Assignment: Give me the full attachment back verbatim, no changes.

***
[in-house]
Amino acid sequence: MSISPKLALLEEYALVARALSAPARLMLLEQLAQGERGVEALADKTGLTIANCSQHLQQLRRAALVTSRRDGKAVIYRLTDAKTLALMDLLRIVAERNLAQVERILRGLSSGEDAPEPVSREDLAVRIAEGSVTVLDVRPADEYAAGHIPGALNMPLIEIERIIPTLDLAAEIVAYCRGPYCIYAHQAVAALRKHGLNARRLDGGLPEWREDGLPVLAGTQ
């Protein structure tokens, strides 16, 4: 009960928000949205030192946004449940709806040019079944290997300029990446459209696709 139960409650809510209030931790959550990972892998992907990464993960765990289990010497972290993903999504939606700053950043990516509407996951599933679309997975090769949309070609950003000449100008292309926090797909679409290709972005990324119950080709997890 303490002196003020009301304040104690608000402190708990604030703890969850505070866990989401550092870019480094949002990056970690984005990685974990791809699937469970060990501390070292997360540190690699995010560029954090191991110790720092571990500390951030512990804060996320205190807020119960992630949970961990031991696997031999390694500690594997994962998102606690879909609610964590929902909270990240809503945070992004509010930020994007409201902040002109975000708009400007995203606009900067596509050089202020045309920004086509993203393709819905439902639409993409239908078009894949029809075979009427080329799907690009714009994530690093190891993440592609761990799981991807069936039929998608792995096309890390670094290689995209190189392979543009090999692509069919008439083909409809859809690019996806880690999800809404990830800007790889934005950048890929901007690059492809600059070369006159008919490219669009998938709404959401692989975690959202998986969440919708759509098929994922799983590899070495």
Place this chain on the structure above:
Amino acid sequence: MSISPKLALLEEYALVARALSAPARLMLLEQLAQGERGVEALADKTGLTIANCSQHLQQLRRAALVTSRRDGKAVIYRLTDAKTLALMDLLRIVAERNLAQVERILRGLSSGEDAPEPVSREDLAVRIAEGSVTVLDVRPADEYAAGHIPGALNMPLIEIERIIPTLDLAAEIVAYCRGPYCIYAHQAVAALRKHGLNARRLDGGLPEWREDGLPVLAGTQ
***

[in-house]
Amino acid sequence: MSISPKLALLEEYALVARALSAPARLMLLEQLAQGERGVEALADKTGLTIANCSQHLQQLRRAALVTSRRDGKAVIYRLTDAKTLALMDLLRIVAERNLAQVERILRGLSSGEDAPEPVSREDLAVRIAEGSVTVLDVRPADEYAAGHIPGALNMPLIEIERIIPTLDLAAEIVAYCRGPYCIYAHQAVAALRKHGLNARRLDGGLPEWREDGLPVLAGTQ
């Protein structure tokens, strides 16, 4: 009960928000949205030192946004449940709806040019079944290997300029990446459209696709 139960409650809510209030931790959550990972892998992907990464993960765990289990010497972290993903999504939606700053950043990516509407996951599933679309997975090769949309070609950003000449100008292309926090797909679409290709972005990324119950080709997890 303490002196003020009301304040104690608000402190708990604030703890969850505070866990989401550092870019480094949002990056970690984005990685974990791809699937469970060990501390070292997360540190690699995010560029954090191991110790720092571990500390951030512990804060996320205190807020119960992630949970961990031991696997031999390694500690594997994962998102606690879909609610964590929902909270990240809503945070992004509010930020994007409201902040002109975000708009400007995203606009900067596509050089202020045309920004086509993203393709819905439902639409993409239908078009894949029809075979009427080329799907690009714009994530690093190891993440592609761990799981991807069936039929998608792995096309890390670094290689995209190189392979543009090999692509069919008439083909409809859809690019996806880690999800809404990830800007790889934005950048890929901007690059492809600059070369006159008919490219669009998938709404959401692989975690959202998986969440919708759509098929994922799983590899070495």
Place this chain on the structure above:
Amino acid sequence: MSISPKLALLEEYALVARALSAPARLMLLEQLAQGERGVEALADKTGLTIANCSQHLQQLRRAALVTSRRDGKAVIYRLTDAKTLALMDLLRIVAERNLAQVERILRGLSSGEDAPEPVSREDLAVRIAEGSVTVLDVRPADEYAAGHIPGALNMPLIEIERIIPTLDLAAEIVAYCRGPYCIYAHQAVAALRKHGLNARRLDGGLPEWREDGLPVLAGTQ